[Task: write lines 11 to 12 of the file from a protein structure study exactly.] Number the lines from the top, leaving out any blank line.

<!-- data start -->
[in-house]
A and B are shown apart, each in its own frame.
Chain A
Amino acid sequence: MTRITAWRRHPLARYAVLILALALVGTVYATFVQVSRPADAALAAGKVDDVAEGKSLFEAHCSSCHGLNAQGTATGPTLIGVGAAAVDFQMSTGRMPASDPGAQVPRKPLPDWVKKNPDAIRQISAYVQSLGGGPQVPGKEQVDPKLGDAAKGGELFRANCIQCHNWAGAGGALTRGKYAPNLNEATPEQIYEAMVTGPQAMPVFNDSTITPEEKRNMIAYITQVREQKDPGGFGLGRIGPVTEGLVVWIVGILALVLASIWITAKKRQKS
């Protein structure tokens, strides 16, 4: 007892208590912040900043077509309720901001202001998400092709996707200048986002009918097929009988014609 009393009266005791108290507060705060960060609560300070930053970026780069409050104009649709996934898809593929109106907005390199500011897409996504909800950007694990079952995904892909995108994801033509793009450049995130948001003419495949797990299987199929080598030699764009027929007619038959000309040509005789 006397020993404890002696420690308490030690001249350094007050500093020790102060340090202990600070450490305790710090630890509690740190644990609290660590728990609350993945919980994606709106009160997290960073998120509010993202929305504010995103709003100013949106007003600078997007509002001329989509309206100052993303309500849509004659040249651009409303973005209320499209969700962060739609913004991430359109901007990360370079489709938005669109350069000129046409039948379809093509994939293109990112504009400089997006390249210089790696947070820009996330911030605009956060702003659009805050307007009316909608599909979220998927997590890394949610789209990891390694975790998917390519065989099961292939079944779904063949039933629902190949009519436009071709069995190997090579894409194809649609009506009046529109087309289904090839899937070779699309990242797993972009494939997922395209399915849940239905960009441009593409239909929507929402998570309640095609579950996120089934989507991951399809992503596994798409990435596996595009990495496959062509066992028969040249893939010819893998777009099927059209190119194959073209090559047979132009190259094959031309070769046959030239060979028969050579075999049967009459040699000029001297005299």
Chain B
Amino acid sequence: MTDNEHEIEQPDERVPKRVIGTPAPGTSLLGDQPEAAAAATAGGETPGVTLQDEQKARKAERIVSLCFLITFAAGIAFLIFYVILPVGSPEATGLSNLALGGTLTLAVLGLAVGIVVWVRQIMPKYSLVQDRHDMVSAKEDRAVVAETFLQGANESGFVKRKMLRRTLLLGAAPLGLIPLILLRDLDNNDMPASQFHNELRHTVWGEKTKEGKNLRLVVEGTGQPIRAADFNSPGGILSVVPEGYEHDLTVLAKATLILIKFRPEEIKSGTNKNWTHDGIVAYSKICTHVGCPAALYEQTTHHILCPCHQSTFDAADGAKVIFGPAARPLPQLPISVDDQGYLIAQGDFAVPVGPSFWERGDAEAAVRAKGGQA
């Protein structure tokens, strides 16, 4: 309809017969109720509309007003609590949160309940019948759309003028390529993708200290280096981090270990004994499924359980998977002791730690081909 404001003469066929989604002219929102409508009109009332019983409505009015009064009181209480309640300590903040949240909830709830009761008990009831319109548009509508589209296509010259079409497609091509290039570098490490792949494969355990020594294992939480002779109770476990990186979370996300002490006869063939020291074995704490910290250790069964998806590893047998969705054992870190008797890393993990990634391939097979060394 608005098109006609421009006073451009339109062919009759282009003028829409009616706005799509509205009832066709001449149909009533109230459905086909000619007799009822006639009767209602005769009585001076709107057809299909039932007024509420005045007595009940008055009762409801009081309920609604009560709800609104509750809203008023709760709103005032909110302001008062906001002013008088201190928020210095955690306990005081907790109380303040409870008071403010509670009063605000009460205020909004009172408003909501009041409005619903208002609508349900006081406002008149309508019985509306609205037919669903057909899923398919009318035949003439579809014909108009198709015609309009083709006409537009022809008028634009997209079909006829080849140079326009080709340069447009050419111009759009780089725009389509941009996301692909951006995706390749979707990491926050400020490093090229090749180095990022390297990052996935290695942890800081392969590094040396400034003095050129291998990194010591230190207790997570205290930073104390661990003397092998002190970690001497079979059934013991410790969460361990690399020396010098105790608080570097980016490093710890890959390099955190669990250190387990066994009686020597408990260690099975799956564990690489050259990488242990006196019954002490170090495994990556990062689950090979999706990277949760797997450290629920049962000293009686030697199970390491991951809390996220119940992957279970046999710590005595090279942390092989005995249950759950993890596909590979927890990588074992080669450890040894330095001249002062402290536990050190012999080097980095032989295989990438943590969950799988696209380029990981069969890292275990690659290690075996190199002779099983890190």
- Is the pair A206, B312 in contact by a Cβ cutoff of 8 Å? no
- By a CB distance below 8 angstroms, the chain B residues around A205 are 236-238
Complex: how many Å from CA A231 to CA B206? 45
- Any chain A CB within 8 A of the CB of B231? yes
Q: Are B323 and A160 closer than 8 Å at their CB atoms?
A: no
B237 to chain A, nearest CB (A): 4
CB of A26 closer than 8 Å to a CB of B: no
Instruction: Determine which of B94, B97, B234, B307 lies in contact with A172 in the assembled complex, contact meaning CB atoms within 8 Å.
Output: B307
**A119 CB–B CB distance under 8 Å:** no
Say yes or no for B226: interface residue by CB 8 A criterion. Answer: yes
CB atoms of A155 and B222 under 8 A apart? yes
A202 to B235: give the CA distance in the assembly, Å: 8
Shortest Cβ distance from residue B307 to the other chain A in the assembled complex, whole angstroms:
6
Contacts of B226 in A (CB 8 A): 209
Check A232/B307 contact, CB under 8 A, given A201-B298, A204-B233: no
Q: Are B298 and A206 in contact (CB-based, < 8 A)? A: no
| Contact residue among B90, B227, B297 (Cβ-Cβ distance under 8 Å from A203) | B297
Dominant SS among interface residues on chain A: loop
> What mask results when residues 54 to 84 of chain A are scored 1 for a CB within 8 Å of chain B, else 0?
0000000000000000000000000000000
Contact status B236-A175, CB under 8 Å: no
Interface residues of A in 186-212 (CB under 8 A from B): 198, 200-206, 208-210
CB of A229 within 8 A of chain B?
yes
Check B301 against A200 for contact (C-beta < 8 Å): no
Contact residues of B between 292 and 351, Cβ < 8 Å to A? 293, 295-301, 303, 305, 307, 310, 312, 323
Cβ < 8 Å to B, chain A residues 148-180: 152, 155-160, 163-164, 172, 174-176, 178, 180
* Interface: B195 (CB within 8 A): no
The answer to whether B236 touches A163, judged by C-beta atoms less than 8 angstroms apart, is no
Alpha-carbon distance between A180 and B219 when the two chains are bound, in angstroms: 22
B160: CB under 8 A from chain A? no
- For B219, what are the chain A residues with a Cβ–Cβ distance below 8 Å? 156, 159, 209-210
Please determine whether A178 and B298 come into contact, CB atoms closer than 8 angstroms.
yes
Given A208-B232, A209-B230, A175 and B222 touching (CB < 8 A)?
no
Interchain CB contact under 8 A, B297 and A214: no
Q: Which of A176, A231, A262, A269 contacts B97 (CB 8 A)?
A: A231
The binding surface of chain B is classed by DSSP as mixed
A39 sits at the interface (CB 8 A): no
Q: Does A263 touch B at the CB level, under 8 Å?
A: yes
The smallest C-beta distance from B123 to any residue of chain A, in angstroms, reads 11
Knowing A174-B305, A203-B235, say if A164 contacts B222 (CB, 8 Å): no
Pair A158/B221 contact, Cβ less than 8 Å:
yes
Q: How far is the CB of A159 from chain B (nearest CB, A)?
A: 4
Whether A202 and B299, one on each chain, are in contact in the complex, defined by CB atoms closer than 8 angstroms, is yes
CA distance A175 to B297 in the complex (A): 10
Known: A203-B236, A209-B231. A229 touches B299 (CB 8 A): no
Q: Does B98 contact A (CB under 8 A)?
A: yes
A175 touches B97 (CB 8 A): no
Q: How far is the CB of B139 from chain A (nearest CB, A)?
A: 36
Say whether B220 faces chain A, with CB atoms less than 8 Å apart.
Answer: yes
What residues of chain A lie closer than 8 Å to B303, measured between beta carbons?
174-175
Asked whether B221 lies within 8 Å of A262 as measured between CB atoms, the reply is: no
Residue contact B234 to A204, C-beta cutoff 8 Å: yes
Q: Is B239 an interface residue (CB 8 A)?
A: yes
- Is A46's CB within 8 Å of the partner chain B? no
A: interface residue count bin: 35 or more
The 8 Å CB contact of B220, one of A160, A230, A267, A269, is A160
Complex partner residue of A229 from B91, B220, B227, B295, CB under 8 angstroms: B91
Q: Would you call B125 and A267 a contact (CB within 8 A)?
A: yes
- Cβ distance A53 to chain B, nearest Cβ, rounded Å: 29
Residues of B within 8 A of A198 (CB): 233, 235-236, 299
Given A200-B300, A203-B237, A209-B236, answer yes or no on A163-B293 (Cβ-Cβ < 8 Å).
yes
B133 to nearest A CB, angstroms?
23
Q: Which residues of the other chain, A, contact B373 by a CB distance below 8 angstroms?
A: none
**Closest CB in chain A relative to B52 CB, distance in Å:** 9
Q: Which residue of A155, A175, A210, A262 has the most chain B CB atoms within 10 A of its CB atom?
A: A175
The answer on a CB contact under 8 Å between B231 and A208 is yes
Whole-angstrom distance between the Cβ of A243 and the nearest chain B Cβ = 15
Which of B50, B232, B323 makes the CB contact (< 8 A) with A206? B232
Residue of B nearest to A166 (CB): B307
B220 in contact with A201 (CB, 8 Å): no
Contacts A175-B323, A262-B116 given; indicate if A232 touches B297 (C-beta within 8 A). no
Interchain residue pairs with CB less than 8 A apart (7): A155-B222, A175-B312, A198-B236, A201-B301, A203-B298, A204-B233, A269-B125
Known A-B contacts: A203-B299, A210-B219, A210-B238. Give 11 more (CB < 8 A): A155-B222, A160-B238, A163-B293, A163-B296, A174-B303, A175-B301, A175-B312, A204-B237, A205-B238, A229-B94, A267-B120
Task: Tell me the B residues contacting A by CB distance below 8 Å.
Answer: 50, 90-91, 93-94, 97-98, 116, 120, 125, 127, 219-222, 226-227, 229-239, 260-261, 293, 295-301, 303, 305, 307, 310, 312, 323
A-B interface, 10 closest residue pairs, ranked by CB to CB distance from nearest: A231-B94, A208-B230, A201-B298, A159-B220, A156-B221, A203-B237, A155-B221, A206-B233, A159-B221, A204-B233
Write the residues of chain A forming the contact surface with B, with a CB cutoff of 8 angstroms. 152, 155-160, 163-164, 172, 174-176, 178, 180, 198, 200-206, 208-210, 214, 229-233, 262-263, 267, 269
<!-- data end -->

Complex: how many Å from CA A231 to CA B206? 45
- Any chain A CB within 8 A of the CB of B231? yes